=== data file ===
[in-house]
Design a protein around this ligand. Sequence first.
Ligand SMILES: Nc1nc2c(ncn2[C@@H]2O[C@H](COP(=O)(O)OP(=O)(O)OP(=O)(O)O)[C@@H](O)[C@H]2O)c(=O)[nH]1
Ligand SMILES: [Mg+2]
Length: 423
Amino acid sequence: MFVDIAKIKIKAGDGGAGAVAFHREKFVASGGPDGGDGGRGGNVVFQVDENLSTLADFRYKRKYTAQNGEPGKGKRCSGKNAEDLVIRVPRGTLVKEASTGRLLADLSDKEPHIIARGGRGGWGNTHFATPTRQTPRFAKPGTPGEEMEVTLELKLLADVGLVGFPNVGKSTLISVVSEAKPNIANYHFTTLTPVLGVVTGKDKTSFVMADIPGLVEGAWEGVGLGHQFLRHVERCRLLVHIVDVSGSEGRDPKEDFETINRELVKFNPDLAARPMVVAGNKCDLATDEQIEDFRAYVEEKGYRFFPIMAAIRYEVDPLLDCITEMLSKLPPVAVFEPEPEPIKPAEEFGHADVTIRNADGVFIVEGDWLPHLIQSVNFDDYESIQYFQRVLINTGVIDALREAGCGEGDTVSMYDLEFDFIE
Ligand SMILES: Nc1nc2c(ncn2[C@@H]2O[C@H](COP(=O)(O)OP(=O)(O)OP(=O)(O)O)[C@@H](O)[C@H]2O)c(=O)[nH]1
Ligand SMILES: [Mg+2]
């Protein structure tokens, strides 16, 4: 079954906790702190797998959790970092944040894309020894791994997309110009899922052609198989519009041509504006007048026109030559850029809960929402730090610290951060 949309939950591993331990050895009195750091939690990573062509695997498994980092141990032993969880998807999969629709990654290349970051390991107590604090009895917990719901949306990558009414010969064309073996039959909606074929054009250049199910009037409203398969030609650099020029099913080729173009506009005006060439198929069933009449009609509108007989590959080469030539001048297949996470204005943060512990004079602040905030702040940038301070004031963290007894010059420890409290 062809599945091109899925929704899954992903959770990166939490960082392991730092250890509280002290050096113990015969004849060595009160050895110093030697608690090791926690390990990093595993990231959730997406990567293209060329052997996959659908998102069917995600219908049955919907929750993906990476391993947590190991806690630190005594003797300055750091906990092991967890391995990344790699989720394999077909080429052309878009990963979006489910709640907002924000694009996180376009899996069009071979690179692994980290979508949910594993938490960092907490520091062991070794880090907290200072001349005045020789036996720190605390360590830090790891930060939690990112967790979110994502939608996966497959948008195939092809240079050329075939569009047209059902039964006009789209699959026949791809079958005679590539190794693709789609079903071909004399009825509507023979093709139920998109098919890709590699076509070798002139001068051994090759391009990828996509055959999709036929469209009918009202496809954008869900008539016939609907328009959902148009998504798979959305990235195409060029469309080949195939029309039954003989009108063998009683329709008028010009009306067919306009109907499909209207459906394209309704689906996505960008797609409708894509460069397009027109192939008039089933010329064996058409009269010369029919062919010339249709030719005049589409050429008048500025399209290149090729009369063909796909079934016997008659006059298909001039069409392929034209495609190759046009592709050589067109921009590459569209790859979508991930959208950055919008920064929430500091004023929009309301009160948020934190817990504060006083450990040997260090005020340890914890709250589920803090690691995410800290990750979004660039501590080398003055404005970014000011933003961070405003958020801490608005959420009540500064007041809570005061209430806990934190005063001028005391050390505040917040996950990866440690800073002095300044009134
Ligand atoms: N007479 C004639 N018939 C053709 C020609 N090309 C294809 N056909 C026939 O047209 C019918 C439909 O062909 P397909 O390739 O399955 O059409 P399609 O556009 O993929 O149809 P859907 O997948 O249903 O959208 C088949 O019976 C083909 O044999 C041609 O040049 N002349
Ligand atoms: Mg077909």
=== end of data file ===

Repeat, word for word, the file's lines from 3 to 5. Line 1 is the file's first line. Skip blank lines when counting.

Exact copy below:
Ligand SMILES: Nc1nc2c(ncn2[C@@H]2O[C@H](COP(=O)(O)OP(=O)(O)OP(=O)(O)O)[C@@H](O)[C@H]2O)c(=O)[nH]1
Ligand SMILES: [Mg+2]
Length: 423